Over a 10-year period, only one in 10 companies achieves more than a modest level of sustained and profitable growth worldwide -- and it is becoming more and more difficult to find such growth.
, the third in a series of three books based on seven years of research I led at Bain & Co., is about what to do when your growth formula of the past begins to reach a limit, and how companies find their next wave of profitable growth.
The books, which contain research based on a database of over 8,000 companies and on hundreds of case studies, including interviews with executives on the scene at the time, parallel what we have named the "focus-expand-redefine" cycle of growth.
The first book,
Profit from the Core
, was on the topic of understanding your core, and it discussed methods to achieve growth in your core market.
Beyond the Core
provided data, methods and examples about how to push the boundaries of your core into new areas, which we called adjacencies. A key insight was the power and importance of developing a repeatable formula for growth.
is about the third phase of the cycle, when growth begins to hit a wall and you need to create the next-generation version of your business model, make fundamental changes in your core, or even jump to an entirely new core. Resounding daily drumbeats of examples are available in the business press every day.
For instance, telecom providers are fighting a battle to see who can come up with the next growth engine in telecom, now that nearly all consumers have mobile phones and prices per minute are declining fast. Another example is that newspaper companies such as the
New York Times
, after a run of profitable growth in the 1990s, are encountering the very difficult problem of how to transition to a new model, now that the Internet is unbundling, step by step, the information contained in newspapers and providing much of it faster and cheaper.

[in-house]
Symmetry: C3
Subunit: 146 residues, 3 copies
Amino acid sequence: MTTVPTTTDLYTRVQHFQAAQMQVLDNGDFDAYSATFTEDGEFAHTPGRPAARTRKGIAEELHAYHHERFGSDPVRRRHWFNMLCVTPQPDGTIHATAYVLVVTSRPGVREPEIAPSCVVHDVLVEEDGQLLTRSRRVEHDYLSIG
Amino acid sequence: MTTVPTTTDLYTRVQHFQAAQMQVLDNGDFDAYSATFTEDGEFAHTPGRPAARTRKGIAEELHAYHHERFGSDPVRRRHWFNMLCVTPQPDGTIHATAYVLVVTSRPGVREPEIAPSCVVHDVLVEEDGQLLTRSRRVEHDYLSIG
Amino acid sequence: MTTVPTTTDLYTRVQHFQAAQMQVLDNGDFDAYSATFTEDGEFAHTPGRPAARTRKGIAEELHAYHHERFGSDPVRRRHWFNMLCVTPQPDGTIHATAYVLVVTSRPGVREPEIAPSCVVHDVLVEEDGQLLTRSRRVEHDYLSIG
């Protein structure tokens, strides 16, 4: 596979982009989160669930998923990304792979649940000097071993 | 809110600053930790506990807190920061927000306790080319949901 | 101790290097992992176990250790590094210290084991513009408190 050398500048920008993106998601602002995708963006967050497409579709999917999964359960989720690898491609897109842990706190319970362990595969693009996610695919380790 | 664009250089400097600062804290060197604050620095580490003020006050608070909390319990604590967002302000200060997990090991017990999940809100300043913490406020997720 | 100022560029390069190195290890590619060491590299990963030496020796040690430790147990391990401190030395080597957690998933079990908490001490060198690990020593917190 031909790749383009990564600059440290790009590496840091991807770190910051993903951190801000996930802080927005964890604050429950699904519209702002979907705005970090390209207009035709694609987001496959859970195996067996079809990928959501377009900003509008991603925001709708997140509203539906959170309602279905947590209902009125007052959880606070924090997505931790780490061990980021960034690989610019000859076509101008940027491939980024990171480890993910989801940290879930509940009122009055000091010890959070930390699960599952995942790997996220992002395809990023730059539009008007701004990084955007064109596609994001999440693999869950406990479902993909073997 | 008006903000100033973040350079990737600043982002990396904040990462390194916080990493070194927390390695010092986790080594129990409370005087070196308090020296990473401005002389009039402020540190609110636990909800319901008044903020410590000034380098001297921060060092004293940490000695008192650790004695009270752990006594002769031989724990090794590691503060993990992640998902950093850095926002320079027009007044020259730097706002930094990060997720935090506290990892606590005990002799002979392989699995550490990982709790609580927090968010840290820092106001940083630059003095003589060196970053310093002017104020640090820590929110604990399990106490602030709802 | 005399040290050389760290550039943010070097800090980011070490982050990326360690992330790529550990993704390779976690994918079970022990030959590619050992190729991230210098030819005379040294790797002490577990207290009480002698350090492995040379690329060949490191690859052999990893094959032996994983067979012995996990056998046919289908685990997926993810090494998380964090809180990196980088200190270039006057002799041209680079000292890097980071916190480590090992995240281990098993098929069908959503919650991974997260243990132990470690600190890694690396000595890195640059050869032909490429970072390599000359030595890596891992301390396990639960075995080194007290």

And we are seeing some sectors such as energy shift from the epitome of stability to turbulent as electric utilities around the world confront the limits of fossil-fuel-powered plants and the new world of alternative energy.
Our research demonstrates that this focus-expand-redefine cycle is spinning faster and faster as business speeds up, and that more and more companies are confronting the three dilemmas of redefinition:
- How do I know whether it is time to look at redefining my core?
- What is the foundation of the new core business?
- How do I engineer the shift, given that I still need to deliver today's results?
A key finding from our analysis of companies that have managed to redefine their core business is that over 90% that accomplished this difficult feat did it using assets that they already had at hand -- what we call "hidden assets."
The alternative, of course, is to fall prey to siren songs to leap into hot new markets, or to pursue "big bang" acquisitions that attempt to solve the strategic problem but often just compound it. Our research shows that the odds of success of these moves is less than one in 10, but the odds can be increased many-fold by finding a path using hidden assets.
Such hidden assets are of three types. One is underutilized customer assets, such as a brand or strong customer segment or customer database. The remarkable renewal of
, creating over 12 times market value improvement in the past seven years, was based on customer assets.
A second type is an unexploited growth platform, which could be a cluster of products, a world-class support function, or a business spawned by the core itself.
creation of GE Capital, the renewal of
from products to services, or the turnaround of
are all cases of redefining the core on the basis of such hidden assets.
The third type of hidden asset is untapped capabilities. Arguably, the renewal of
is an example of a company that completely redefined itself organically, using capabilities in design, software interfaces and customer utility.
provides a wide range of examples and ideas for executives who are facing -- in part or all of their business -- the daunting challenge of finding a new growth engine for the future, and who want to pursue that end without destroying today's momentum or delaying so long that they fail to reinvent their future in time.
Chris Zook, a partner at Bain & Company, heads the firm's Global Strategy Practice. He is a frequent contributor to Harvard Business Online's Conversation Starter.